New Orleans Yesterday was the first day of our future and from all reports it was much, much scarier than Halloween might have ever hoped to be. Look at the cases in point.
In the federal hearing on immigration madness in Arizona, Governor Brewer took time out of her campaign schedule (ok, that’s a lie; the hearing WAS her campaign schedule after all!) to rubberneck at the federal judges parsing the hate from the law in SB 1070. From NDLON tweets at the trial and the story, it seemed many of the questions went to the issue of exactly why the state should be doing the federal government’s job. With the Republican Tea Party explosion, how many pieces of anti-immigrant can we now expect? Certainly, the hope for reform needs a total retooling to mount a push back from our base in progressive cities and states to offset the madness.
Our friend, Joe McCartin, labor history professor at Georgetown, was quoted liberally in the New York Times, on the coming attacks against labor unions with Republican Tea Party ascendancy, but all that did was put a little sugar in the coffee, because it was a bitter drink to swallow. Card check has been dead, but
Washington There are few grace notes in the current divisions within the forces of institutional labor, but I happened to experience a small one at Georgetown University in a special ceremony held to honor John Sweeney, retiring President of the AFL-CIO, with an honorary degree. I had been invited by Joe McCartin, an organizer with Houston ACORN decades ago as a Jesuit Volunteer Corps member, and Jennifer Luff, who worked as a researcher for me in the HOTROC campaign in New Orleans. Joe is now a professor at Georgetown specializing in labor history and Jennifer just signed on with him to help put the Kalmanovitz Institute for Labor and the Working Poor together, where he is also acting as director. The Georgetown Labor Center, as another organizer called it, as we drove to Georgetown was exciting enough to drawn me down to talk about what people had in mind and how I could help.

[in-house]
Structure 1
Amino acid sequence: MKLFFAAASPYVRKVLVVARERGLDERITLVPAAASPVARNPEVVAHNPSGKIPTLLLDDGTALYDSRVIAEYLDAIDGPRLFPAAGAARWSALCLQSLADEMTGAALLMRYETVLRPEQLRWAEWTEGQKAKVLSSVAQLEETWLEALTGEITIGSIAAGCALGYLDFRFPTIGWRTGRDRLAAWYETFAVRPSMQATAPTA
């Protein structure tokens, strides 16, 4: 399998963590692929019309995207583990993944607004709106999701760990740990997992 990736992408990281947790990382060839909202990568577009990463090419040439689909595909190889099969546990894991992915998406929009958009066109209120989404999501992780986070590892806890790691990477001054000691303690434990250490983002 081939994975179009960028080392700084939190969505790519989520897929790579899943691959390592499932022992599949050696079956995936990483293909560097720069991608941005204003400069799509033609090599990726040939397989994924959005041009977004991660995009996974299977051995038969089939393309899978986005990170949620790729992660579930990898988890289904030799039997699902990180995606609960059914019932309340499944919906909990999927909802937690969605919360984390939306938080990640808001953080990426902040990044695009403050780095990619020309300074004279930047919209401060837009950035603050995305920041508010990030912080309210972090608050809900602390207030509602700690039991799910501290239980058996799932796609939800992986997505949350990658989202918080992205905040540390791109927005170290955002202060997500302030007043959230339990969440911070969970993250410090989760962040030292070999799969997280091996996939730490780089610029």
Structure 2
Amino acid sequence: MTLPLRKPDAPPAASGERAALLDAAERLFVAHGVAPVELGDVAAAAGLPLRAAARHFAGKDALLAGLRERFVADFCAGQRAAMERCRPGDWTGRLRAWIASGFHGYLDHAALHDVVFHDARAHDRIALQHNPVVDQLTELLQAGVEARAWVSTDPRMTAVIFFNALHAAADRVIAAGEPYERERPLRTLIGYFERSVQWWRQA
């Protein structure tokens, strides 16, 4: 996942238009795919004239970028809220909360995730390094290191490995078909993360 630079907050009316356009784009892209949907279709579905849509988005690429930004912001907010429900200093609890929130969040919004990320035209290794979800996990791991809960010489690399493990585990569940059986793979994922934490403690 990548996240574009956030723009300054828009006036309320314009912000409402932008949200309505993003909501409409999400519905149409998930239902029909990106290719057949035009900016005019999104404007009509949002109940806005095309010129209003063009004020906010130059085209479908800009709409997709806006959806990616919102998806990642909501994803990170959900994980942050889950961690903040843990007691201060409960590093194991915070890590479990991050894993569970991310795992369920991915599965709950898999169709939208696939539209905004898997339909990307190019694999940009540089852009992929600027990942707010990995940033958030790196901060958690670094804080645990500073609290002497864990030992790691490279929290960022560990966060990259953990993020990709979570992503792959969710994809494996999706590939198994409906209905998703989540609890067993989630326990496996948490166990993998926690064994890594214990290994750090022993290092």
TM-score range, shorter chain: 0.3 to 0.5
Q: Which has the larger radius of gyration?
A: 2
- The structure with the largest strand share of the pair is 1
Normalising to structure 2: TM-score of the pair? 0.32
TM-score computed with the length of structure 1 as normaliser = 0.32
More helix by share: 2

I stumbled into the fine hall after the ceremony had already begun, taking a seat just behind Jon Hiatt, Sweeney’s long time general counsel at SEIU and now the AFL, who reached out his hand, and Bill Lurye, from New Orleans sitting down the row past Ray Abernathy and Denise Mitchell, the communications wizards I had known so long.